Women’s panel:
· Anna Pierce
o 4:28.37 mile
o 10th in the Olympic Steeplechase (won the Trials)
o 6th at the World Championships at 2009 in 1500
o 2nd in the world ranking at 800 in 2009

· Christin Wurth-Thomas
o 4:27.18 mile
o 5th in world ranking at 1500 in 2009
o 5th at World Championships in 2009
o Won Gran Prix meets in New York and Stockholm

· Heather Dorniden
o 4:38.8 mile
o Nine-time All-American at U of M
o Won NCAA Indoor Championship at 800 in 2006
o 3rd at USA Indoor Championships in 800
o 9th at Drake Relays last year in 1500

Sarah Bowman
4:29.72 mile
4th at USA Indoor Championships at 1500 in 2010
Won NCAA Indoor Championships in Mile in 2009
Won Pan American Junior Championships in 1500 in 2005
Won USA Junior Championships at 1500 in 2005

Men’s Panel:
Rob Myers
3:53.78 mile
Two-time USA Indoor Champion at 1500 (2004, 2008)
2nd USA Indoor Championships at the mile (2005, 2007)
3rd at USA Outdoor Championships at 1500 in 2005
3rd at Olympic Trials at 1500 in 2004

Lopez Lomong
3:53.35 mile
Won USA Outdoor 1500 Championship in 2009
3rd in 2008 Olympic Trials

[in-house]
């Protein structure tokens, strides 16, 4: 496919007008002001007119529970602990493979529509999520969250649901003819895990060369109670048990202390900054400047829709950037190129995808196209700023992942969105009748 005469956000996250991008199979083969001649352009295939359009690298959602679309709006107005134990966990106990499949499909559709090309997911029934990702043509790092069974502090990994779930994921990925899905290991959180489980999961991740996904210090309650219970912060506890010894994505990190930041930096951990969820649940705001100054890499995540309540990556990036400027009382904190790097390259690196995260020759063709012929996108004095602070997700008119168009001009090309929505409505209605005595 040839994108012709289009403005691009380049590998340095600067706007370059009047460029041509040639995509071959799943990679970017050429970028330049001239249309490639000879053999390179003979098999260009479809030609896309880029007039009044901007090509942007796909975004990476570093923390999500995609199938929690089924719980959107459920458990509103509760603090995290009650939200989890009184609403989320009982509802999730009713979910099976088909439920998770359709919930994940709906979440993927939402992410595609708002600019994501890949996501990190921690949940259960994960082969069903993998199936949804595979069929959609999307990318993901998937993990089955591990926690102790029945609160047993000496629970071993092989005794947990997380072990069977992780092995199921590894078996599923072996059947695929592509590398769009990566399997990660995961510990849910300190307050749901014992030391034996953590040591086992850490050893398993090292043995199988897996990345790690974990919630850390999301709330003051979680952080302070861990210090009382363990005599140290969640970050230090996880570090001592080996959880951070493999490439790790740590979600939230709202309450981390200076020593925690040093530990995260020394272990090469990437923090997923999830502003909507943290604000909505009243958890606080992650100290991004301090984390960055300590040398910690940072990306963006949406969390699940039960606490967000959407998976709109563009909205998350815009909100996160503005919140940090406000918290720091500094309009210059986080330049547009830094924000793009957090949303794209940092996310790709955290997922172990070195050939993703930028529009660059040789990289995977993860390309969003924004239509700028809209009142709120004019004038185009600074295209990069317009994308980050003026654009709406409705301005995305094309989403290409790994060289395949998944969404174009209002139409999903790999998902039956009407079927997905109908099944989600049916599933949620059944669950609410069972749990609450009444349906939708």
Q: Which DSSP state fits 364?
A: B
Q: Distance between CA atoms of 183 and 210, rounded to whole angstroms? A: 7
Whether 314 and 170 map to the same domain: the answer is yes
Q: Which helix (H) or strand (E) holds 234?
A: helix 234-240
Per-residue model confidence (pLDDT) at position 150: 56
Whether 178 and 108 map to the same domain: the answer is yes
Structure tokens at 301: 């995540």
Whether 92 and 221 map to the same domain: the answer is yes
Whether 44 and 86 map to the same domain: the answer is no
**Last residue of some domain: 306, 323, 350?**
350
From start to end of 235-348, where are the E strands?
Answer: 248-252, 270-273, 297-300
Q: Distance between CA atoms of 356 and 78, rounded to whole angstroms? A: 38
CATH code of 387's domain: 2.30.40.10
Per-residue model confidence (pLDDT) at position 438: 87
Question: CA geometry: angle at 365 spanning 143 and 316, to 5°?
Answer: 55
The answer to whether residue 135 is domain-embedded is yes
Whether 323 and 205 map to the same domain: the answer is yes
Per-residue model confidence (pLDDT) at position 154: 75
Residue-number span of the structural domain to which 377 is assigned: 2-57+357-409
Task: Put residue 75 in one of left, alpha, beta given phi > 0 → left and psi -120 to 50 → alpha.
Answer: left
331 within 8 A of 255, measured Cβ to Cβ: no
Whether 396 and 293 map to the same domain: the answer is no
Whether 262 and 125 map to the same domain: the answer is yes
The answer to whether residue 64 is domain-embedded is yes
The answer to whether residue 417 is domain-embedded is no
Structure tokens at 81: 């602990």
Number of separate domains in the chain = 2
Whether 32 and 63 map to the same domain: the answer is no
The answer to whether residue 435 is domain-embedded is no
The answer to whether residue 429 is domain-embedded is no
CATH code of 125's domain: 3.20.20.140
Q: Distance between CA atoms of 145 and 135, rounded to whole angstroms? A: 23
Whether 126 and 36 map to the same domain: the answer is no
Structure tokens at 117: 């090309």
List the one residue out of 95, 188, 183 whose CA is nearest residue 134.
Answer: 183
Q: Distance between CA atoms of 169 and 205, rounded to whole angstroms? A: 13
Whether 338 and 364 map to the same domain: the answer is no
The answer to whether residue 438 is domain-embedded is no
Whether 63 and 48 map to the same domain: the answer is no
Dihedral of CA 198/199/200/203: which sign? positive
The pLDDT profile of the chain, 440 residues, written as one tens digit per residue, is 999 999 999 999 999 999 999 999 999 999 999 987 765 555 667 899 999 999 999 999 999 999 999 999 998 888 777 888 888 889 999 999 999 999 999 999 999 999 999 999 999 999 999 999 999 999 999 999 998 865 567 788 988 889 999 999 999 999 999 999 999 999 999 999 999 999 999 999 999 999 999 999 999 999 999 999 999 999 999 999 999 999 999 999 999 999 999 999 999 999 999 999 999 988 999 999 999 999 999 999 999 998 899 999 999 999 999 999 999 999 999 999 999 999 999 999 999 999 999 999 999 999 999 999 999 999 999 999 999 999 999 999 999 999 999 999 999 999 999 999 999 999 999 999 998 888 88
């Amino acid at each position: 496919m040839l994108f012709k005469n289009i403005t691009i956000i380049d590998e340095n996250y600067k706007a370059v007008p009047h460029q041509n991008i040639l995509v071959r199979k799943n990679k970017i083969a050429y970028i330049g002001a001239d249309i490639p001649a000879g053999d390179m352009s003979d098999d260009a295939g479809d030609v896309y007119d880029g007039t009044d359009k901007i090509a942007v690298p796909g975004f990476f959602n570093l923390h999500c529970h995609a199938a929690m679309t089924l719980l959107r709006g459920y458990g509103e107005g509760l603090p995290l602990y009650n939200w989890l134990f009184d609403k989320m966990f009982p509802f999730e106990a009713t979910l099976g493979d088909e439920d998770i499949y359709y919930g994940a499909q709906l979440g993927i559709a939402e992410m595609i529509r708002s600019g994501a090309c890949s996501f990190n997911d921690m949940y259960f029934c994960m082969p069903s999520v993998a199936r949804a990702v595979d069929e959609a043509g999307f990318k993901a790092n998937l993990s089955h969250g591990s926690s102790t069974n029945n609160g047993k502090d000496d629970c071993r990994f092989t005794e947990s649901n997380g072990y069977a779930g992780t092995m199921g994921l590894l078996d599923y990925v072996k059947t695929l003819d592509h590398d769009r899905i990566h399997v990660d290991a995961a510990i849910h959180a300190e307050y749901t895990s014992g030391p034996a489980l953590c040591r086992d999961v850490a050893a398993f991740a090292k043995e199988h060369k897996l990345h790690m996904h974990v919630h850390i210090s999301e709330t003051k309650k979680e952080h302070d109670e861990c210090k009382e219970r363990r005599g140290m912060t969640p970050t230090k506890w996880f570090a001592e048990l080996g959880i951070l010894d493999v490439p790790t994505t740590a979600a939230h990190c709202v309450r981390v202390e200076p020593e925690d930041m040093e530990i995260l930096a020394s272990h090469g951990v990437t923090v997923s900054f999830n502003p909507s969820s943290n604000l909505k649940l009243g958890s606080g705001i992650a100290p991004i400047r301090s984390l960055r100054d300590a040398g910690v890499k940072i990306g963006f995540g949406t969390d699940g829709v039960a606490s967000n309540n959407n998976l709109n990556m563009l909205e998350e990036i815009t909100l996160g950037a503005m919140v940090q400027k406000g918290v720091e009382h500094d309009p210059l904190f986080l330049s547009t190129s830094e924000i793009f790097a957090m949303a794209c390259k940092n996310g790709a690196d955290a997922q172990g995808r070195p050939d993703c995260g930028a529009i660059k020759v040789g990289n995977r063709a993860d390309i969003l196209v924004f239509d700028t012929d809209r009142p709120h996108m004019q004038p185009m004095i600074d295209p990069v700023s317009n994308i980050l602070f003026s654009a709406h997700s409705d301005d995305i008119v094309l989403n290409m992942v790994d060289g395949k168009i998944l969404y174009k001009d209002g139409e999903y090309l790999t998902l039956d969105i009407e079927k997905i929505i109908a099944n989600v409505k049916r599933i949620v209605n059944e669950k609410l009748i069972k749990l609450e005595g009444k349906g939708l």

Semi-finalist in 2008 Olympic Games
NCAA Outdoor Champion in 2007

David Torrence
3:56.75 mile
Won USA One Mile Road Championship in 2009
Won USA 3000 Indoor in 2009
Won USA Junior Championships in 2004

Garret Heath
3:58.71 mile
4th at USA Indoor Championships at 1500 in 2010
Finalist at World Indoor Championships at 1500 in 2010
Pac-10 Champion at 1500 in 2007

They all strike me as small men and women – like antelopes, long, thin legs, scarcely an upper body to speak of – born runners. They don’t get the attention they deserve – not in this country, in any case; they would be heroes in Kenya or Ethiopia – but this is good in a way. They are as down-to-earth as people who are among the best in the world at something could ever be.